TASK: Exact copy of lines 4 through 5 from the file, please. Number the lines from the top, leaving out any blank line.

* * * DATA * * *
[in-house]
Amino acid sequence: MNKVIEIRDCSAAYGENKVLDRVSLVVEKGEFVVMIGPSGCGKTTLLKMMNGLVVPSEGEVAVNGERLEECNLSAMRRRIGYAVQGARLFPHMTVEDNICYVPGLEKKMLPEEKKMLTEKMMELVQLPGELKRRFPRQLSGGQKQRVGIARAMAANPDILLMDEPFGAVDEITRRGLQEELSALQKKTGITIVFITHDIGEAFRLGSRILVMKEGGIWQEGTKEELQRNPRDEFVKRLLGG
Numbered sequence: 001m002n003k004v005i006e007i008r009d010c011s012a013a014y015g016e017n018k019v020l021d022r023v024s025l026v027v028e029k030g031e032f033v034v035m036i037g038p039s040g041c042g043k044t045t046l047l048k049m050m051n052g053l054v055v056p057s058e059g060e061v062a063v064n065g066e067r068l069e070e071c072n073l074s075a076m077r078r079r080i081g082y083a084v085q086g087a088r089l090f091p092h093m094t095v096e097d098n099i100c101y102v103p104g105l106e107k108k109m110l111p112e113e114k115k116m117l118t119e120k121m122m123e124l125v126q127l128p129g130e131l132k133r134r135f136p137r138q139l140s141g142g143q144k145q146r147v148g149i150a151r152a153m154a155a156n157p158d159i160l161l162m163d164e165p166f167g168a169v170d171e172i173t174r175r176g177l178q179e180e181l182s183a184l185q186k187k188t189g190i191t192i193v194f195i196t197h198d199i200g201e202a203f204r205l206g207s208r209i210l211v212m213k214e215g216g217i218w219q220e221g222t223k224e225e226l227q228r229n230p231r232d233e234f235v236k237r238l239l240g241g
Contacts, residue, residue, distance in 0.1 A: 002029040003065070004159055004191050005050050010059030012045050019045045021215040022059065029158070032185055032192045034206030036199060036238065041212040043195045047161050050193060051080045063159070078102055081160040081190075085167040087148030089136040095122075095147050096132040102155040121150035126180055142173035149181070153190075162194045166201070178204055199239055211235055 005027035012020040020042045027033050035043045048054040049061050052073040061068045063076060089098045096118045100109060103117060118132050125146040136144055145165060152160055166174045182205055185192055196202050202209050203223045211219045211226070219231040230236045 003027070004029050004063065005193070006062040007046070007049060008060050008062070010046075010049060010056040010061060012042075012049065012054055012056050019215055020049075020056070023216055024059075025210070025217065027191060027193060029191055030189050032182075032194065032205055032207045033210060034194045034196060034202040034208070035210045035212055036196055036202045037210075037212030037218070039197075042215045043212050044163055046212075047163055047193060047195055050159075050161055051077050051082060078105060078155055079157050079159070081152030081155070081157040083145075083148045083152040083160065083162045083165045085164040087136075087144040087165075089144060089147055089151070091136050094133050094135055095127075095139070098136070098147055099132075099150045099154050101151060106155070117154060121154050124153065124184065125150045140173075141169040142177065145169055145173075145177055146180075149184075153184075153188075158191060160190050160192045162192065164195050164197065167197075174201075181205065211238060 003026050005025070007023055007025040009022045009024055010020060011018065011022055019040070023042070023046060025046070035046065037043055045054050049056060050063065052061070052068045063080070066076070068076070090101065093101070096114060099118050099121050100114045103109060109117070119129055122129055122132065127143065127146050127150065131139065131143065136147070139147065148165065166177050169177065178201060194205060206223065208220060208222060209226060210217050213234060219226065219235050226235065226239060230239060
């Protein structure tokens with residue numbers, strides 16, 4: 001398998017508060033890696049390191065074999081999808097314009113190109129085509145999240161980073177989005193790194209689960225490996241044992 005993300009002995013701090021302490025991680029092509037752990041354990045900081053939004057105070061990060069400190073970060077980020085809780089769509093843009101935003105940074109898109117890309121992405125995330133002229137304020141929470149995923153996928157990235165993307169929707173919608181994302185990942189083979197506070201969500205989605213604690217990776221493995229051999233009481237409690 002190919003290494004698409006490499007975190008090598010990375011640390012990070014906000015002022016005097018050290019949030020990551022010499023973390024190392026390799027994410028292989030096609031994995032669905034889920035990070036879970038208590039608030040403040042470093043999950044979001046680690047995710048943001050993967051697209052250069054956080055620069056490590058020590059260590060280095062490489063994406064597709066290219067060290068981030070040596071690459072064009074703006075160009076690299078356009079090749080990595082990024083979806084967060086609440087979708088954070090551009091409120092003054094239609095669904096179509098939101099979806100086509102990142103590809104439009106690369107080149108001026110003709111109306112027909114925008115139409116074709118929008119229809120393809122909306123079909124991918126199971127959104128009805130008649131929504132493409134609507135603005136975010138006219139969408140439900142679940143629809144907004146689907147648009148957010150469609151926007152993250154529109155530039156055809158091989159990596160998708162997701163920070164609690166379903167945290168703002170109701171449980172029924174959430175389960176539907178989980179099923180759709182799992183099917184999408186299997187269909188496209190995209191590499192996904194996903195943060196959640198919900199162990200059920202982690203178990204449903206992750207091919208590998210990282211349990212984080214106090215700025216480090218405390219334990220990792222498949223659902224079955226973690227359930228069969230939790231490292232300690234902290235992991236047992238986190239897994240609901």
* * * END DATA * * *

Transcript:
Contacts, residue, residue, distance in 0.1 A: 002029040003065070004159055004191050005050050010059030012045050019045045021215040022059065029158070032185055032192045034206030036199060036238065041212040043195045047161050050193060051080045063159070078102055081160040081190075085167040087148030089136040095122075095147050096132040102155040121150035126180055142173035149181070153190075162194045166201070178204055199239055211235055 005027035012020040020042045027033050035043045048054040049061050052073040061068045063076060089098045096118045100109060103117060118132050125146040136144055145165060152160055166174045182205055185192055196202050202209050203223045211219045211226070219231040230236045 003027070004029050004063065005193070006062040007046070007049060008060050008062070010046075010049060010056040010061060012042075012049065012054055012056050019215055020049075020056070023216055024059075025210070025217065027191060027193060029191055030189050032182075032194065032205055032207045033210060034194045034196060034202040034208070035210045035212055036196055036202045037210075037212030037218070039197075042215045043212050044163055046212075047163055047193060047195055050159075050161055051077050051082060078105060078155055079157050079159070081152030081155070081157040083145075083148045083152040083160065083162045083165045085164040087136075087144040087165075089144060089147055089151070091136050094133050094135055095127075095139070098136070098147055099132075099150045099154050101151060106155070117154060121154050124153065124184065125150045140173075141169040142177065145169055145173075145177055146180075149184075153184075153188075158191060160190050160192045162192065164195050164197065167197075174201075181205065211238060 003026050005025070007023055007025040009022045009024055010020060011018065011022055019040070023042070023046060025046070035046065037043055045054050049056060050063065052061070052068045063080070066076070068076070090101065093101070096114060099118050099121050100114045103109060109117070119129055122129055122132065127143065127146050127150065131139065131143065136147070139147065148165065166177050169177065178201060194205060206223065208220060208222060209226060210217050213234060219226065219235050226235065226239060230239060
């Protein structure tokens with residue numbers, strides 16, 4: 001398998017508060033890696049390191065074999081999808097314009113190109129085509145999240161980073177989005193790194209689960225490996241044992 005993300009002995013701090021302490025991680029092509037752990041354990045900081053939004057105070061990060069400190073970060077980020085809780089769509093843009101935003105940074109898109117890309121992405125995330133002229137304020141929470149995923153996928157990235165993307169929707173919608181994302185990942189083979197506070201969500205989605213604690217990776221493995229051999233009481237409690 002190919003290494004698409006490499007975190008090598010990375011640390012990070014906000015002022016005097018050290019949030020990551022010499023973390024190392026390799027994410028292989030096609031994995032669905034889920035990070036879970038208590039608030040403040042470093043999950044979001046680690047995710048943001050993967051697209052250069054956080055620069056490590058020590059260590060280095062490489063994406064597709066290219067060290068981030070040596071690459072064009074703006075160009076690299078356009079090749080990595082990024083979806084967060086609440087979708088954070090551009091409120092003054094239609095669904096179509098939101099979806100086509102990142103590809104439009106690369107080149108001026110003709111109306112027909114925008115139409116074709118929008119229809120393809122909306123079909124991918126199971127959104128009805130008649131929504132493409134609507135603005136975010138006219139969408140439900142679940143629809144907004146689907147648009148957010150469609151926007152993250154529109155530039156055809158091989159990596160998708162997701163920070164609690166379903167945290168703002170109701171449980172029924174959430175389960176539907178989980179099923180759709182799992183099917184999408186299997187269909188496209190995209191590499192996904194996903195943060196959640198919900199162990200059920202982690203178990204449903206992750207091919208590998210990282211349990212984080214106090215700025216480090218405390219334990220990792222498949223659902224079955226973690227359930228069969230939790231490292232300690234902290235992991236047992238986190239897994240609901």